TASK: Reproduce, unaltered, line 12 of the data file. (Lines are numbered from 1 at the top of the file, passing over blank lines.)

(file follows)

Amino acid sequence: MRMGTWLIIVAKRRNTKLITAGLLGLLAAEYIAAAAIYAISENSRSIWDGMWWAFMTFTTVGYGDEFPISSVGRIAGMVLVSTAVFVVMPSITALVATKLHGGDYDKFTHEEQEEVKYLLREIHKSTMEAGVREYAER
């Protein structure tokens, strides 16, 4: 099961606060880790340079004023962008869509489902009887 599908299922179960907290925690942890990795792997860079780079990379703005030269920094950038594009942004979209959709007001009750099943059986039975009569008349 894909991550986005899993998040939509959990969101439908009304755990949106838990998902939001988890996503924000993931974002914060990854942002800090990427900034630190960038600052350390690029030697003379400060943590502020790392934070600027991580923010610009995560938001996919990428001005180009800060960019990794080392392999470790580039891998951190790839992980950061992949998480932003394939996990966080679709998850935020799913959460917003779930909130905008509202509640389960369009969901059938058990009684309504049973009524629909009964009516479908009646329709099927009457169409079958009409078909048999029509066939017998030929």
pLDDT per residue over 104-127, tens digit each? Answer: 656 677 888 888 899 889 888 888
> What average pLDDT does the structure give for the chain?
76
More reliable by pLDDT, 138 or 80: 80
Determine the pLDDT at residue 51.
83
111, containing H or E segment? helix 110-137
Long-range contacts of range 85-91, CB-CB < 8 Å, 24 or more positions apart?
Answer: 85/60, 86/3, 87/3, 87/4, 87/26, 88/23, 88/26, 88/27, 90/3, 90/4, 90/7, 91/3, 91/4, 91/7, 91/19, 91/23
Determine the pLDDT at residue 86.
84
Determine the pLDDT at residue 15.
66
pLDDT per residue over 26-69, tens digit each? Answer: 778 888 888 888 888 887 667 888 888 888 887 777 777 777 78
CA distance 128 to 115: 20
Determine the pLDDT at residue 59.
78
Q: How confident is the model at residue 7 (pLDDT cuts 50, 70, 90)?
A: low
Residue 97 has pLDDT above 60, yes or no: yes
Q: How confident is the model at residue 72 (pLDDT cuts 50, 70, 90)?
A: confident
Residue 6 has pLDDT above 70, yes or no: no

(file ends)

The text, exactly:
Determine the pLDDT at residue 86.